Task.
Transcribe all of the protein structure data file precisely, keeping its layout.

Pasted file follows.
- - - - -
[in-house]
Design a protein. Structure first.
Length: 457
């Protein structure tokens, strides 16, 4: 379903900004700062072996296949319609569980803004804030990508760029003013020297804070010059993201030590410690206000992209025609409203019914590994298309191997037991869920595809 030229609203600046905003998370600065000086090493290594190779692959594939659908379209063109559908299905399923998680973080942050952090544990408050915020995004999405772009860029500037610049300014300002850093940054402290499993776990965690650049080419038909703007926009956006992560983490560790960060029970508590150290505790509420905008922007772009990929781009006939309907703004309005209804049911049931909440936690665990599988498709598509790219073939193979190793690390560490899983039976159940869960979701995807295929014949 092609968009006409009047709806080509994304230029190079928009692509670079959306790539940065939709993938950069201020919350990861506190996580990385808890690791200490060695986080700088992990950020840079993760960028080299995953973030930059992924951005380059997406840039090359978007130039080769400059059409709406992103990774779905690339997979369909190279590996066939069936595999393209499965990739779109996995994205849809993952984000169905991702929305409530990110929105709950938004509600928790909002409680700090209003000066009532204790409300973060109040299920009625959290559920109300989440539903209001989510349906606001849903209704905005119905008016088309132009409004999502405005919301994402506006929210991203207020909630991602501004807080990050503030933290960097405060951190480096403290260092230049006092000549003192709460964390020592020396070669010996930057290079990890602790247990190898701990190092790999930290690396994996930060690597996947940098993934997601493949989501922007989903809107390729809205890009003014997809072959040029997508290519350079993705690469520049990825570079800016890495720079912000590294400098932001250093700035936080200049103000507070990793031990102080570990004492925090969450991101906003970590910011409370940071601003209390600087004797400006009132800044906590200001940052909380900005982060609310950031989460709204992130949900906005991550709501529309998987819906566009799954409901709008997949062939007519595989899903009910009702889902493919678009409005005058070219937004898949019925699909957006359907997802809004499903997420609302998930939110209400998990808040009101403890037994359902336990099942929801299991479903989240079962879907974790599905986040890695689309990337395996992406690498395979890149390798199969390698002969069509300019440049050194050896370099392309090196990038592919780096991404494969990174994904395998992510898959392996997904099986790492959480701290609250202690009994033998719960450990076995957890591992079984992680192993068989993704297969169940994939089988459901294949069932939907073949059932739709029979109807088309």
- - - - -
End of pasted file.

[in-house]
Design a protein. Structure first.
Length: 457
């Protein structure tokens, strides 16, 4: 379903900004700062072996296949319609569980803004804030990508760029003013020297804070010059993201030590410690206000992209025609409203019914590994298309191997037991869920595809 030229609203600046905003998370600065000086090493290594190779692959594939659908379209063109559908299905399923998680973080942050952090544990408050915020995004999405772009860029500037610049300014300002850093940054402290499993776990965690650049080419038909703007926009956006992560983490560790960060029970508590150290505790509420905008922007772009990929781009006939309907703004309005209804049911049931909440936690665990599988498709598509790219073939193979190793690390560490899983039976159940869960979701995807295929014949 092609968009006409009047709806080509994304230029190079928009692509670079959306790539940065939709993938950069201020919350990861506190996580990385808890690791200490060695986080700088992990950020840079993760960028080299995953973030930059992924951005380059997406840039090359978007130039080769400059059409709406992103990774779905690339997979369909190279590996066939069936595999393209499965990739779109996995994205849809993952984000169905991702929305409530990110929105709950938004509600928790909002409680700090209003000066009532204790409300973060109040299920009625959290559920109300989440539903209001989510349906606001849903209704905005119905008016088309132009409004999502405005919301994402506006929210991203207020909630991602501004807080990050503030933290960097405060951190480096403290260092230049006092000549003192709460964390020592020396070669010996930057290079990890602790247990190898701990190092790999930290690396994996930060690597996947940098993934997601493949989501922007989903809107390729809205890009003014997809072959040029997508290519350079993705690469520049990825570079800016890495720079912000590294400098932001250093700035936080200049103000507070990793031990102080570990004492925090969450991101906003970590910011409370940071601003209390600087004797400006009132800044906590200001940052909380900005982060609310950031989460709204992130949900906005991550709501529309998987819906566009799954409901709008997949062939007519595989899903009910009702889902493919678009409005005058070219937004898949019925699909957006359907997802809004499903997420609302998930939110209400998990808040009101403890037994359902336990099942929801299991479903989240079962879907974790599905986040890695689309990337395996992406690498395979890149390798199969390698002969069509300019440049050194050896370099392309090196990038592919780096991404494969990174994904395998992510898959392996997904099986790492959480701290609250202690009994033998719960450990076995957890591992079984992680192993068989993704297969169940994939089988459901294949069932939907073949059932739709029979109807088309």